4. 'I Want to Do What's Easiest'

    We have a client who had an employee literally explain that hewould rather do a particularly menial task than the task that theemployer had assigned because it would be easier for him. Wewere shocked. This is the most explicit way to alert your boss thatyou don't care about improving your skill set without directly tellinghim. Never do this if you care about your career!

    - Patrick Conley, Founder / CEO, Automation Heroes

    5. 'That Takes Up Too Much Time'

    Through the years, we have had many operational restructuringsthat have required large amounts of data to be filtered and edited orre-formatted in some manner. There's nothing worse than anemployee who complains about the amount of time required tomove the company to the next level.

    - Laura Land, CFO / COO, Accessory Export, LLC


    6. 'I Could Be Doing Other Things'

    Bratty much? Don't complain about your job. If you hate it, quit. Ifthere's something wrong with it, find a way to fix it. If someone orsomething is really ticking you off, don't project your anger ontoothers, especially not your boss. If it's a good job, be grateful for it.If you want more out of your job, make it happen. Be diplomatic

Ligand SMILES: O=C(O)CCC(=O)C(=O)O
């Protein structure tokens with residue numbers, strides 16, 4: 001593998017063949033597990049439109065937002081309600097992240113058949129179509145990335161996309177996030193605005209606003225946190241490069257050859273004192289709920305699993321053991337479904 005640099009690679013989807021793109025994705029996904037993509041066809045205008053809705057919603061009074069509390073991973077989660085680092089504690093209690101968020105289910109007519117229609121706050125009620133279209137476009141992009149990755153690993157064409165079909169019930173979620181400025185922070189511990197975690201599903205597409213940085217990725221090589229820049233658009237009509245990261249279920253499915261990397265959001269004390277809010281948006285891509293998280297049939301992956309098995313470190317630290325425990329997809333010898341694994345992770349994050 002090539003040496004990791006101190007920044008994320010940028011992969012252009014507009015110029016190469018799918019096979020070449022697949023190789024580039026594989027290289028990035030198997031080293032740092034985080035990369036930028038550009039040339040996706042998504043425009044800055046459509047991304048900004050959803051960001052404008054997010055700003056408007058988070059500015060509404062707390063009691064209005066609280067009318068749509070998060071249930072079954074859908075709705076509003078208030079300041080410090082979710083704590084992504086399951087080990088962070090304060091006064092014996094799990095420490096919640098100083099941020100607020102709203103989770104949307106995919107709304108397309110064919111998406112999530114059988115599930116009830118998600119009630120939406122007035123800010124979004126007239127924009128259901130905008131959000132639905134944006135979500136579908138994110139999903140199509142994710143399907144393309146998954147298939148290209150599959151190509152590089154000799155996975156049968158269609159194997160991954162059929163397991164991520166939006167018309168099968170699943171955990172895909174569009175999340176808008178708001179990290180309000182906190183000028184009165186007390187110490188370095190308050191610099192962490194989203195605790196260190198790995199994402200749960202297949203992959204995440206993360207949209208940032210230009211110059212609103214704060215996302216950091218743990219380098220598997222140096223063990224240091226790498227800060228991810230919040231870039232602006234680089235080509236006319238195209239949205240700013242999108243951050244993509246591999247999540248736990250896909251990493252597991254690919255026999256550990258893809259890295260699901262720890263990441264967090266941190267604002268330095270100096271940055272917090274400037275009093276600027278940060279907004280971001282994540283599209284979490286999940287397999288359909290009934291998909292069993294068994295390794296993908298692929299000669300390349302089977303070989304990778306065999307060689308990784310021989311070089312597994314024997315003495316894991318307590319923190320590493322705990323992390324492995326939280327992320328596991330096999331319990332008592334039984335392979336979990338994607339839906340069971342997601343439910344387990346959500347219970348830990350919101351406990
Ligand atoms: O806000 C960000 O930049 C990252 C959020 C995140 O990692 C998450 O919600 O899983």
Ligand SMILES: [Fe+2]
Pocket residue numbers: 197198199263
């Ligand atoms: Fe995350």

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  • - Danny Wong, Co-founder, Blank Label

    7. 'I Promise to Do That'

    Don't ever tell your boss you're able to do something if you knowyou may not be able to deliver. It is better to be honest, ask foradvice and have a proactive attitude. If you fail to deliver, then it hasnegative repercussions for the business, which is taken much moreseriously.

    - Christopher Pruijsen, Co-Founder / Partnerships, Afrostart.io


    8. 'It's Too Difficult'

    I get fired up when someone is paralyzed and doesnt complete atask because its difficult or because few others have done it. Werea disruptive company that has to innovate, that has to do things fewhave done before us. One of my advisors here has a quote: If itwere easy, everyone would be doing it. We wont win if we dontthink big.

    - Marcos Cordero, Chief Gradsaver, GradSave, LLC


    9. 'I Agree to Disagree'

    Whether it is said explicitly or passive-aggressively, this mindsethas no place in startup culture. Those who have this mindset shouldeither found their own startups or go work in big corporate Americawhere this goes unnoticed. At a startup, you're either all the way inor all the way out.

    - Danny Boice, Co-Founder & CTO, Speek


    10. 'I Don't Have an Opinion'

    The people who just sit and nod their heads are the ones who areexpendable. If you want to make an impression as a valuablemember of the team, offer your insights. No one ever agrees withhis boss 100 percent all the time, so make your opinion known ifyou have something worth saying.